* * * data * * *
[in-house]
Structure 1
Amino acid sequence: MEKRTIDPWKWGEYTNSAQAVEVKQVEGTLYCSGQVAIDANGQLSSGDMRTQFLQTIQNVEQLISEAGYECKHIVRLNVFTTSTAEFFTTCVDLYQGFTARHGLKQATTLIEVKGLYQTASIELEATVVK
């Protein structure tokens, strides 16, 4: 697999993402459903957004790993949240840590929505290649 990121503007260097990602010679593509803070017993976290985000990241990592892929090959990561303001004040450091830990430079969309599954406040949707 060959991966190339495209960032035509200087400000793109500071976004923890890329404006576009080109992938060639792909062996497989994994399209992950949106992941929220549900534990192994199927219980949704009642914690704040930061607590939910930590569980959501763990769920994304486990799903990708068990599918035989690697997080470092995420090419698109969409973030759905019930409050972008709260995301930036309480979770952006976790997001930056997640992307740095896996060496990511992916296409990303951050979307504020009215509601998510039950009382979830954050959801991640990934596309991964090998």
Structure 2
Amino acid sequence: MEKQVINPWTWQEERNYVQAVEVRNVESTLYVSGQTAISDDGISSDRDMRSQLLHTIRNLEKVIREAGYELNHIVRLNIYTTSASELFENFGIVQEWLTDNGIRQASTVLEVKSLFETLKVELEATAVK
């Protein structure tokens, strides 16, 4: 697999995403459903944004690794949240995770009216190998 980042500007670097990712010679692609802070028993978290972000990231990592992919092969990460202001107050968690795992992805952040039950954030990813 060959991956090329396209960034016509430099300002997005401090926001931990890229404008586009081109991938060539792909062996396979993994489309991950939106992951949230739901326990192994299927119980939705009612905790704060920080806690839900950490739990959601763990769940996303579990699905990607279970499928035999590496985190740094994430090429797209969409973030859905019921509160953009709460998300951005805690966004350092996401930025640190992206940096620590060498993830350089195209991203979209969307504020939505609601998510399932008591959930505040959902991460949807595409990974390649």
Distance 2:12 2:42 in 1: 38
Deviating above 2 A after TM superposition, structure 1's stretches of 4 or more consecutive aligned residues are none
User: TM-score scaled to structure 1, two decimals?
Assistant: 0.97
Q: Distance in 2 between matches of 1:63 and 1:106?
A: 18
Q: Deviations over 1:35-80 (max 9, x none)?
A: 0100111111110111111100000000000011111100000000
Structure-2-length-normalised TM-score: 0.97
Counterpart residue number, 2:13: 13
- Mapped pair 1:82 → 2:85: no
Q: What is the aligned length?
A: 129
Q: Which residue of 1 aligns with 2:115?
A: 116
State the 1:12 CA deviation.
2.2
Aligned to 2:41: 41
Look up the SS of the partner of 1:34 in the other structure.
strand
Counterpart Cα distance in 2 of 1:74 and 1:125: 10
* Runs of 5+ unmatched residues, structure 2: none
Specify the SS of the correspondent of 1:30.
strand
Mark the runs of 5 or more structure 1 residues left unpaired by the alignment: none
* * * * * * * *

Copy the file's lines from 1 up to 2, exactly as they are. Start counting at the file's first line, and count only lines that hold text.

[in-house]
Structure 1